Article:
- Fluoxetine (Prozac) failed to improve muscle strength in children with enterovirus (EV)-D68-associated acute flaccid myelitis (AFM).
Why this matters
- Clinicians suspecting AFM in presenting patients, especially children, should follow CDC guidance on timely specimen collection and clinical management.
- 56 children, 12 study sites, 36% (n=20) with EV-D68-associated AFM.
- 30 received fluoxetine a median 5 (interquartile range, 3-7) days after neurologic onset, either prenadir (37%, n=11) or postnadir (60%, n=18).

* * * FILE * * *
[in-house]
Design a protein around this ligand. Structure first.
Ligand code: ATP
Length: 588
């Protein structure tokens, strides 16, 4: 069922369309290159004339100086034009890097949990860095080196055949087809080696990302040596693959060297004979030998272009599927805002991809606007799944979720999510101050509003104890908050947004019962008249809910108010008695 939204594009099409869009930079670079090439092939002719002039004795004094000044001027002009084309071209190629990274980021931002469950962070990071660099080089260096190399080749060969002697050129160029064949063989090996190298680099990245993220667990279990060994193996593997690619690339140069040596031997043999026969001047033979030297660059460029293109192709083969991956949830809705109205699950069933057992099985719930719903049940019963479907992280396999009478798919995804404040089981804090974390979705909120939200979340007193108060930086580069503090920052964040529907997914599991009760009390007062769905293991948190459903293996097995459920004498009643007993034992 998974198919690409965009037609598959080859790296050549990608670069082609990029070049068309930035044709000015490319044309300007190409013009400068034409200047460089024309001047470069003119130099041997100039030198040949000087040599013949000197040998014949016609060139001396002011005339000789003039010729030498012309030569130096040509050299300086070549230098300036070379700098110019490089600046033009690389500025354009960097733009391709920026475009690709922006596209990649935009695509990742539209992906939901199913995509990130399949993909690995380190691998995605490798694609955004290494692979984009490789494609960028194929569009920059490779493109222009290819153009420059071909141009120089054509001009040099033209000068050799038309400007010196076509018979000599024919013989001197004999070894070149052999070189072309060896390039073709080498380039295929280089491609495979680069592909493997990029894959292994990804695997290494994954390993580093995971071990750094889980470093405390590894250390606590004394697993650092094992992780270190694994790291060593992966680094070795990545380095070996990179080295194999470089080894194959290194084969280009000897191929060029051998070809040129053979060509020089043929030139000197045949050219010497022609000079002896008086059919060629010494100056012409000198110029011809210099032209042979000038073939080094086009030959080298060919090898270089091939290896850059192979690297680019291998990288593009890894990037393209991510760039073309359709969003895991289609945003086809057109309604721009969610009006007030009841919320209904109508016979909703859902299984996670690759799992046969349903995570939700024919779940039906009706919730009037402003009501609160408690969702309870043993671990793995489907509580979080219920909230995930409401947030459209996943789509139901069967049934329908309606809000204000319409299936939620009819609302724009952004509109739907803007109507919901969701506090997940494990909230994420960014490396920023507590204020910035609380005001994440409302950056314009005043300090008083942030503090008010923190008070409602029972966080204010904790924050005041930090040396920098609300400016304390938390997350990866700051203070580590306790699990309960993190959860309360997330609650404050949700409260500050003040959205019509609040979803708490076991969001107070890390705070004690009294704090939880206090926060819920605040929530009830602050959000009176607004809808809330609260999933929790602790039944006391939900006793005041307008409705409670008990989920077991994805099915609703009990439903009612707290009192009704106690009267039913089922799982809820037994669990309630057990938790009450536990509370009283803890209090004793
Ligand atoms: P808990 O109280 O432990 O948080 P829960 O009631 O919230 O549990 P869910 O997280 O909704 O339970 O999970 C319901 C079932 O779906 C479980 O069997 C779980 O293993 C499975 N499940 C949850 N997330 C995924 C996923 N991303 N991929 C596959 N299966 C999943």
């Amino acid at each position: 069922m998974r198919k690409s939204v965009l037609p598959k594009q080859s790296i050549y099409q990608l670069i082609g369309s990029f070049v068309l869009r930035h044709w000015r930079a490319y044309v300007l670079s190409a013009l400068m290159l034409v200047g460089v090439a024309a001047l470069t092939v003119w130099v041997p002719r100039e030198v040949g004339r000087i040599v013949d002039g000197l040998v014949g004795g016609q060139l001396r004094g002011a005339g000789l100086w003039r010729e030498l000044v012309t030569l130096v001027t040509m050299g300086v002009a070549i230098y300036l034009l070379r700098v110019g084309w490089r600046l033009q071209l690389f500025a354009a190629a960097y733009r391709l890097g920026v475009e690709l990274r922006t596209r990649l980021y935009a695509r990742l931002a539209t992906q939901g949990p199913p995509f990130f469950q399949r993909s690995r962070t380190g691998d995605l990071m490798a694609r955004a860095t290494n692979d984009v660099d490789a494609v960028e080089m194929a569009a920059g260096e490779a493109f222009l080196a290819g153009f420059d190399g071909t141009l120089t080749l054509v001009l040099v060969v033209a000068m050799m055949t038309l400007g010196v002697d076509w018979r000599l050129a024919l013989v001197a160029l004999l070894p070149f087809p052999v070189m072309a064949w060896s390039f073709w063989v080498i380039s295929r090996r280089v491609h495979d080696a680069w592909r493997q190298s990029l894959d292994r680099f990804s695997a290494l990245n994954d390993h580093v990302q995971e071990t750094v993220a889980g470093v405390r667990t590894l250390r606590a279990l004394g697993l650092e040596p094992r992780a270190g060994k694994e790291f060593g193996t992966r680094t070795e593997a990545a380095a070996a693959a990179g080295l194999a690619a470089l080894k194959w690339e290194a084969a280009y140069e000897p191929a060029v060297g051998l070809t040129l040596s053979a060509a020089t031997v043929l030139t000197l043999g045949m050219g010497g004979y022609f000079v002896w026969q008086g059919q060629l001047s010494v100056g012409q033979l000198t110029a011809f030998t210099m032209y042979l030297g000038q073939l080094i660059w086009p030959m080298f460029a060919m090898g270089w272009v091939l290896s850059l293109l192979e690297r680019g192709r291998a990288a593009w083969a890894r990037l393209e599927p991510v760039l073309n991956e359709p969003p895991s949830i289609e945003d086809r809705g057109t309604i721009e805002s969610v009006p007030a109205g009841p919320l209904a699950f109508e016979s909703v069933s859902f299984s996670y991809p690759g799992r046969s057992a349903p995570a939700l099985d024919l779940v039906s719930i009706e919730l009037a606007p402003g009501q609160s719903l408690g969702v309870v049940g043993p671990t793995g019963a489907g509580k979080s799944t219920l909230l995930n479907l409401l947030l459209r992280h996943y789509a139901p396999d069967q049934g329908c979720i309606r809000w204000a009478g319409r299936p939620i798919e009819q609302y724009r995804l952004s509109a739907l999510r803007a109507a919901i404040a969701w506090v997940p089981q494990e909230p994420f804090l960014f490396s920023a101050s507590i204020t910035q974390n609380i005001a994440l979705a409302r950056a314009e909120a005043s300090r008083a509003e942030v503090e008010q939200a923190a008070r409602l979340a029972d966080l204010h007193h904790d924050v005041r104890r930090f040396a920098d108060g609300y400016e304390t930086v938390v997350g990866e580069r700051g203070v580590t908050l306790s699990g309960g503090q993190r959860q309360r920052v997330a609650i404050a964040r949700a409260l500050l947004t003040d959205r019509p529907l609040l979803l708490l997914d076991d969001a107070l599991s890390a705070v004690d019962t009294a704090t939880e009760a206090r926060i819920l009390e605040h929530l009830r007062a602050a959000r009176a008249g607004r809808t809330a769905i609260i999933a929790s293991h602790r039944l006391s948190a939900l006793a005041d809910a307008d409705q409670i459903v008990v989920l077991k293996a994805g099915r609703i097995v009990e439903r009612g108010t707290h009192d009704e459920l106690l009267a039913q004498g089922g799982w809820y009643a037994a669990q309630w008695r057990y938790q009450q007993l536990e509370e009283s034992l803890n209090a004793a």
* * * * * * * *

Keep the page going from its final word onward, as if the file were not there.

- At baseline, fluoxetine-treated vs untreated patients had similar strength (mean summative limb strength score [SLSS], 12.9 vs 14.3; P=.31), but they had more severe paralysis at nadir (mean SLSS, 9.3 vs 12.8; P=.02) and at latest follow-up (mean SLSS, 12.5 vs 16.4; P=.005).
- 11 fluoxetine prenadir patients had lower unadjusted mean SLSS change from initial examination to latest follow-up vs untreated patients (−2.1; 95% CI, −5.6 to 1.3).
- Fluoxetine-treated patients had longer length of stay vs untreated patients (median, 14 vs 17 days; P=.007), and were likelier to require intensive care unit care and other supportive measures.
- Retrospective, multicenter cohort study evaluating the safety, tolerability, and efficacy of fluoxetine for proven or presumptive EV-D68-associated AFM.
- Funding: NIH.
- Misclassification bias.
- Muscle selection bias.
- Small sample size.